Who’s Who in a Venture Capital Fund

Brian Hall - June 16, 2020 - Business Law, Venture Capital


The road to success for a startup company will, almost of necessity, run through a Venture Capital (VC) fund. What we’ve collected here are the typical roles in a simple VC Fund and the functions each plays.

Funds vs. Firms

The first division to be aware of is the difference between a VC Firm and its various Funds. A VC Firm is a business on its own, typically a Limited Liability Company (LLC). VC Firms create and solicit investment in Funds, which they then manage.

Each Fund is a subsidiary business of the Firm. Traditionally, the Funds take the form of Limited Partnerships. The Fund is guided by its General Partners (GPs), who are high-ranking members of the Firm. Each Fund is invested into separately by outside investors who become Limited Partners (LPs) of the Fund.

  • Each Fund has its own life cycle, typically lasting for 5-10 years.
  • Each Fund may have its own focus, such as impact investing, renewables, workplace tech, or consumer packaged goods.

GPs, or Managing Directors

As mentioned above, GPs (alternatively titled “Managing Directors”) of a Fund are members of the Firm who take part in running that Fund. GPs are the captains of the ship.  They are the big-picture shot-callers, the ones primarily tasked with sourcing high-dollar investments and promising portfolio companies. They’re also the primary networkers for the Fund.

It’s standard for GPs to contribute capital to the Fund, though in a much smaller amount than the LP investors. Think 1-2% of the total invested into the Fund. The GPs assume some risk by putting their own capital into the Fund, which signals confidence to the LPs.

LPs, the Investors

LPs are the investors, and officially have no hand in the managing of the Fund. The capital required to invest at in a VC Fund is substantial, so investors tend to be among the following:

  • Corporations,
  • Pension funds,
  • University endowments,
  • Fund of funds,
  • Very- or ultra-high net worth individuals, or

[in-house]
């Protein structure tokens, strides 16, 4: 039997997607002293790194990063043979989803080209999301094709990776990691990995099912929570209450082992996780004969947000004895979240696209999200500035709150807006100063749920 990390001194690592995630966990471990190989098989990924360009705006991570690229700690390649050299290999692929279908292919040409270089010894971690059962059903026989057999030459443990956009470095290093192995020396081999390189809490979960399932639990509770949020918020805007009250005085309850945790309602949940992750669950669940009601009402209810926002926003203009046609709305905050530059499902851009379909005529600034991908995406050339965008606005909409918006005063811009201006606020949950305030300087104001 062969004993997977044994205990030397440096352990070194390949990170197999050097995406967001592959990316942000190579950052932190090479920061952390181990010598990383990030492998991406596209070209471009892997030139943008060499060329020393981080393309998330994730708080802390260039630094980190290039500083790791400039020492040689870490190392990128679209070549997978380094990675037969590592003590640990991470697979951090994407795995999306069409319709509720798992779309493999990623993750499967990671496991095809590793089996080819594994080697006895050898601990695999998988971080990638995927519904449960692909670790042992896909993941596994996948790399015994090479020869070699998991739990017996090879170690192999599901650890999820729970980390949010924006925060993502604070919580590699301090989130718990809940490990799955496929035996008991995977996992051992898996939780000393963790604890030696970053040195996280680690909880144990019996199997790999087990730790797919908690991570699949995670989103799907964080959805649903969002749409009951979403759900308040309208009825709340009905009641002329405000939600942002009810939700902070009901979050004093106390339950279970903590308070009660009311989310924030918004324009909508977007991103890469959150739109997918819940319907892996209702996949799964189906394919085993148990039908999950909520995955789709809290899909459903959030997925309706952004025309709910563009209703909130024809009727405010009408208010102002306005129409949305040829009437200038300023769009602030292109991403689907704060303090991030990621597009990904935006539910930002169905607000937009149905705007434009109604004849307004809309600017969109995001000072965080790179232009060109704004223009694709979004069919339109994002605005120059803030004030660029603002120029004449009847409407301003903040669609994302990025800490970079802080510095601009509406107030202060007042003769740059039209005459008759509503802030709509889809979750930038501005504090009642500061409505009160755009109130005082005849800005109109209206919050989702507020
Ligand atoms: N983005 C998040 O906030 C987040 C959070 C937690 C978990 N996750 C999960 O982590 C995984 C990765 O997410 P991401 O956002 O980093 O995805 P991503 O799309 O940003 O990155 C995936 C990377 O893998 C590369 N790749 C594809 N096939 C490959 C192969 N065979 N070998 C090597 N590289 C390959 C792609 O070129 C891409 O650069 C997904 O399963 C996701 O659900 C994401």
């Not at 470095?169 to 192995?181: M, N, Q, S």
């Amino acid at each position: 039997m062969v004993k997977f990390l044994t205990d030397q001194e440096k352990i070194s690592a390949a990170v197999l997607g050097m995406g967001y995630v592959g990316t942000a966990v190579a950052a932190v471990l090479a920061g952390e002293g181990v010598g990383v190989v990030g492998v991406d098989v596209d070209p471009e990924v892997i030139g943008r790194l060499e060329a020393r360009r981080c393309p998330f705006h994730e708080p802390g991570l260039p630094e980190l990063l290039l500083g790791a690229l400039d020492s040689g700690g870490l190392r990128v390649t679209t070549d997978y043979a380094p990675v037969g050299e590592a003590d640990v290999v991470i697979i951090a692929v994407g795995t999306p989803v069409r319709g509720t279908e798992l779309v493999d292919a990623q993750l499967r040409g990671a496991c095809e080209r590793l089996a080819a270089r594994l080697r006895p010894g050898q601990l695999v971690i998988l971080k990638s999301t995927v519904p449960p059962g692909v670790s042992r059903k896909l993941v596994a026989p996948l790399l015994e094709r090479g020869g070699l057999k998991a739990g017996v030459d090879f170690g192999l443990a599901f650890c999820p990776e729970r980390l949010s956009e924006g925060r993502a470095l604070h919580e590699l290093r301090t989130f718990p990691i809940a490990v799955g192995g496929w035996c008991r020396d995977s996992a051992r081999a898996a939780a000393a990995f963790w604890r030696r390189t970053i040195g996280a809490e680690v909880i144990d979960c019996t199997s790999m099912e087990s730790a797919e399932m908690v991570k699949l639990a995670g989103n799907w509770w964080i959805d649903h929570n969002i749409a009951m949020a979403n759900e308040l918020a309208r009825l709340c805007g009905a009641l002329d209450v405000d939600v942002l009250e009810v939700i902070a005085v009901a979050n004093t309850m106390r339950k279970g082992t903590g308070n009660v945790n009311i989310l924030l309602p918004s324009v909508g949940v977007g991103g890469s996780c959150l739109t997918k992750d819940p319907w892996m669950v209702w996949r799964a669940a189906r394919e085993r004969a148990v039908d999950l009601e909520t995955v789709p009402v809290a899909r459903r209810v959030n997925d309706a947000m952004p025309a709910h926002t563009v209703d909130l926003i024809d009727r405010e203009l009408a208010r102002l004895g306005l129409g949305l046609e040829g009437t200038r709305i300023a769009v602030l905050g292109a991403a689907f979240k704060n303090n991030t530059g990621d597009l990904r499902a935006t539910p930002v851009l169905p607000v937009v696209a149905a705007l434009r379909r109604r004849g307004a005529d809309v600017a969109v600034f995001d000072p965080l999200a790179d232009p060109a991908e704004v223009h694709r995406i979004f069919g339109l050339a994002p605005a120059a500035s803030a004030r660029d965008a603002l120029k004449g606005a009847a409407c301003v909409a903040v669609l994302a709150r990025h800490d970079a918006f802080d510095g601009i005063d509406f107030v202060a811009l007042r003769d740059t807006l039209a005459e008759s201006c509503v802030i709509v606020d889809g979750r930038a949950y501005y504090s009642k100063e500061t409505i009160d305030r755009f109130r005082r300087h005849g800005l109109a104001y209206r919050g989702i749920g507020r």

• Family offices.

LPs are passive investors. This is part of why their liability is limited by law, so they can only lose what they invest. But since they will have invested sizable amounts, they may try to influence the GPs to try to have a hand in the protection and growth of their investment. The more an LP has invested, the more influence they may seek to have. On the other hand, the more successful the GP, the more LPs will be inclined to defer. The relationship is not straightforward, but it’s a reality.

Venture Partner

Venture Partners assist in the sourcing and management of deals. Venture Partners are influential, and often have the ear of the higher-ups at the Firm. They function similarly to GPs, but do not have full partner status for one reason or another. For example, is not uncommon for a venture partner to be


Principals do some deal sourcing, but mostly work alongside the portfolio companies. They serve the advisory function that VC firms provide to their portfolio companies, adding experienced and well-supported input to the company’s decision making.


Associates are the boots-on-the-ground workers for VC firms. They may work on pretty much any topic of interest to anyone higher up, but usually on projects that are smaller in scope. Associates are often the in the earliest stages of their careers, compared to the other roles here listed.


Those are the basics. VC Firms create one or more Funds. Those Funds are run by GPs, with the assistance of their Venture Partners, Principals, and Associates. Any of them may solicit investments from wealthy parties who will become LPs for the fund. In addition, the Principals and Associates help support the portfolio companies, which in turn improves the odds of success of the Fund.

You can learn more about the broader VC ecosystem in another Traverse Legal article: “Who’s Who When it Comes to the Venture Capital Ecosystem.”

This blog post contributed, in part, by Traverse Legal Virtual Law Clerk Eric O’Neill.

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This page has been written, edited, and reviewed by a team of legal writers following our comprehensive editorial guidelines. This page was approved by attorney Enrico Schaefer, who has more than 20 years of legal experience as a practicing Business, IP, and Technology Law litigation attorney.